This review comes very late, but then again, this blog didn’t exist before 2011. I received this nice little square diary packed in a clear plastic box from a good friend in late 2009, which may sound ironic given that this diary IS designed for the year 2009.
How typical. Picture of the Eiffel Tower of Paris. Labelled “Bamsamkinbyul photo diary — Parisgraphy” (I had to recheck the spelling of the Korean name — I’m not good with long Korean names). Don’t we all love everything about Paris et la Tour Eiffel?
I am not being sarcastic here because I desire to see the Tower for real myself. It’s been a dream of mine to go to France, about to be fulfilled next year (woohoo!).
This photo diary comes with 5 Korean rubber stamps, for use in the diary and anywhere else. Needless to say, I found no use for them because I am not Korean, don’t understand Korean and don’t pretend to be Korean. However I am eyeing the stamp with the little weather signs and wondering if I can make good use of that one. Below the stamps there is a cuboid piece of cardboard with strips of red, white and blue, undoubtedly representing the French colours but otherwise looks useless to me.
Anyway, a look into the pages made me nostalgic of what is yet to happen: my visit to beautiful France. On every page is a different picture of parts of Paris, things like les cafés, les immeubles, les plaques de rue, les livres, les musées, les plantes… everything captured in a dreamy manner. If you’re dreamy enough this notebook could be your perfect indulgence in your world of dreaminess.
Now for practicality: the notebook itself is wrapped with a removal plastic book cover, giving it a nice protection from weathering. The picture taken above is brand new and those below were just taken today, two years after storage in the deep dark abyss of my wardrobe. No difference. As good as brand new. No scratchies nor crawlies on the item.
I had no choice but to spoil the pristine condition by making ugly markings in it, both to prepare it for use for next year and to test out the quality of the paper. But first let’s talk about the stickers that came with the notebook. This is something which I really loved about this diary: you can use these beautiful, once again Paris-themed labels for your book. Which means you could place any label anywhere you want: along the top, the side or the bottom of the pages. A nice little customizable aspect of the book. I chose to place the labels down the side because I’m a boring person.
There are labels for all 12 months as well as one for the yearly planner page, one for the notes pages at the end of the book, and two labelled “etc” (yes, it’s French again) for your own free use. I used all except the two “etc” labels.
Another nice customizable aspect of the book is that there are no fixed dates printed in the pages. You are able to write the months and dates on your own. You can even write them in any order if you like to be creative. Once again, I wrote in chronological order because I am a boring person. There are pages for planning for the year, the month and the date. I think this is called a photo diary because it is used for travelling purposes (probably to Paris, where I can check off all the photos in the book “Been there, seen that”) since there are also pages at the end of each month for writing “when-where-with’s”. I can imagine recording mini diary entries in this little book of my travelling around France for one year.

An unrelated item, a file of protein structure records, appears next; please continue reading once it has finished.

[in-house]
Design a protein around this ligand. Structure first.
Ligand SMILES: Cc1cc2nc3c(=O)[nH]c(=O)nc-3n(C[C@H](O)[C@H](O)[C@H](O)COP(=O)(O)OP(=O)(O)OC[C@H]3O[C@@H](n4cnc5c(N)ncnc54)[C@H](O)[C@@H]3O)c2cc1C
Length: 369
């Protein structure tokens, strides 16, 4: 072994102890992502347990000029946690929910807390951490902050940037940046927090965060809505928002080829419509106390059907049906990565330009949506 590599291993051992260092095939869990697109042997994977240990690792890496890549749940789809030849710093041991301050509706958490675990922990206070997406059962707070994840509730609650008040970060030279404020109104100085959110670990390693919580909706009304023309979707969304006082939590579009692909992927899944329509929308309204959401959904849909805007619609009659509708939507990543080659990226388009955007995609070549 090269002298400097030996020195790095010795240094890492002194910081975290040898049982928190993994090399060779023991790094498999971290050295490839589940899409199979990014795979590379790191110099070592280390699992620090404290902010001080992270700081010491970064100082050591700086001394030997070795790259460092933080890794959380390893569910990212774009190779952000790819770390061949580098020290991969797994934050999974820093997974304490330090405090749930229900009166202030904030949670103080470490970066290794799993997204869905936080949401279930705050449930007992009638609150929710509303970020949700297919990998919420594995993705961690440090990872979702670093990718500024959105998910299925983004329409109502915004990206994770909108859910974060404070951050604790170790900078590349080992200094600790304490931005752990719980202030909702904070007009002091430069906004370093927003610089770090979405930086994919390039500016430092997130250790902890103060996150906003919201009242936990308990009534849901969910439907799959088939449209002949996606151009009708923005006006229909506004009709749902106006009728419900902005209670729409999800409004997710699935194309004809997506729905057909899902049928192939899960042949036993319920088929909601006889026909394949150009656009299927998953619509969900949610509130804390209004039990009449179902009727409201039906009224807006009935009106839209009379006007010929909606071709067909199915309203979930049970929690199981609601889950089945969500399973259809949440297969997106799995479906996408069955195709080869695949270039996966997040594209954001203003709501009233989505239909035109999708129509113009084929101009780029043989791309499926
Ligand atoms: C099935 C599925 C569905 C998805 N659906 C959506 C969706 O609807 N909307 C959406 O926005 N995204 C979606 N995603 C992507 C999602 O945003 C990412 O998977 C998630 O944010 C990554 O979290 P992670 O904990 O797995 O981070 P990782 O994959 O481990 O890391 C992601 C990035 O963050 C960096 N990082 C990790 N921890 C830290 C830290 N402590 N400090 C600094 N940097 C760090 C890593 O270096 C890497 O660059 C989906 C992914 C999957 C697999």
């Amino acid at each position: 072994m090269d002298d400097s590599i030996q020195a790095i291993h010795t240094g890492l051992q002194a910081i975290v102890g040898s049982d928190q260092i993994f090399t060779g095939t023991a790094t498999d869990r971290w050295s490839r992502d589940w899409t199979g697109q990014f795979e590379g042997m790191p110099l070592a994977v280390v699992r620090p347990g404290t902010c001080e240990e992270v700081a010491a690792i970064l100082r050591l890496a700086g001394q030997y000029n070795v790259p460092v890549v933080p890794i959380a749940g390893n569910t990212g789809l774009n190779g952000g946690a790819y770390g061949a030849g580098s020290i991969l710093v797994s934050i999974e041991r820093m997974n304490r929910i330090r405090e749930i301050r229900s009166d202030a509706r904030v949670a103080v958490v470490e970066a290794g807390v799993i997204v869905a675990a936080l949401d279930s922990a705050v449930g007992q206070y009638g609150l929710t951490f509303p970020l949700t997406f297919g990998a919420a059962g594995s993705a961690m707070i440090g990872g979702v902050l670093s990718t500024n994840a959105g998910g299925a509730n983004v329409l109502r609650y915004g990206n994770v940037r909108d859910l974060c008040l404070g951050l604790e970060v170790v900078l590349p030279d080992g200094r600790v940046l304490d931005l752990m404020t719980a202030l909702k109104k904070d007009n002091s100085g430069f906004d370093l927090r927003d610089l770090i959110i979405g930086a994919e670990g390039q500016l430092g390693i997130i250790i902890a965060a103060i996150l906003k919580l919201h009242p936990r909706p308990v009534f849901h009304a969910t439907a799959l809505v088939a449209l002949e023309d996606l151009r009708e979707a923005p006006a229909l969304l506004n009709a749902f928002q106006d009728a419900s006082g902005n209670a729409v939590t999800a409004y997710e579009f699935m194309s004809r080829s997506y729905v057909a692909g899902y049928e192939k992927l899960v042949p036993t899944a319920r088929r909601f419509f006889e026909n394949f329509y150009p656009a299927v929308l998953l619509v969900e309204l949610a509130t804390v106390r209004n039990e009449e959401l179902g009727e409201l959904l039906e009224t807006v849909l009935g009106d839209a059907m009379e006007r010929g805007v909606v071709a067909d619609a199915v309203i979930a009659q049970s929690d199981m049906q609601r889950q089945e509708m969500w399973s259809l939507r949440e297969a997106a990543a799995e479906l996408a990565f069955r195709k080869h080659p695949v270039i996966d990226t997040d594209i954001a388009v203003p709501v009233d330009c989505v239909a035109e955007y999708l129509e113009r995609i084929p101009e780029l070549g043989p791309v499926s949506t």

So here goes:
- Pencil lead: does not bleed nor feather (duh!)
- Pentel Tradio: bleeds through a little, does not feather (refer to the “January/Janvier” part as well as the days of the month). Or rather, feathers so little that it’s almost not noticeable
- Hero 1382 with Lamy Blue ink: the slightest feathering, a bit of bleed-through
- Lamy Al-Star with Pelikan Violet 4001 ink: same as above
- Rubber stamp ink: no feathering, a bit of bleed-through
- Refuses to use ball point at this point in time
I understand its inability to withstand fountain pen ink because the paper is so thin it feels fragile, but I’m glad that the feathering, though exists, is minimal. I have done the above paper review by writing with a very light touch. I cannot imagine how it would be with my normal or a heavy touch. So I decided to try:
Firstly I wrote on the very last page of the book my particulars in case this precious is lost and found by someone else. You can see from the reverse side that there is quite a bit of bleeding through. Those were written with my Platinum Plaisir fountain pen with its own ink. I also decided to try out my Korean rubber stamps and some random flower rubber stamp from Daiso with lousy Daiso stamp pad ink. Both feathering and bleeding (to my absolute horror) onto the last page.
So the conclusion of this pretty little thing is: use a ballpoint pen or a pencil. Fountain pens don’t seem to go well with it, at least not those I currently own. I will still use it anyway just for the purpose of indulgence.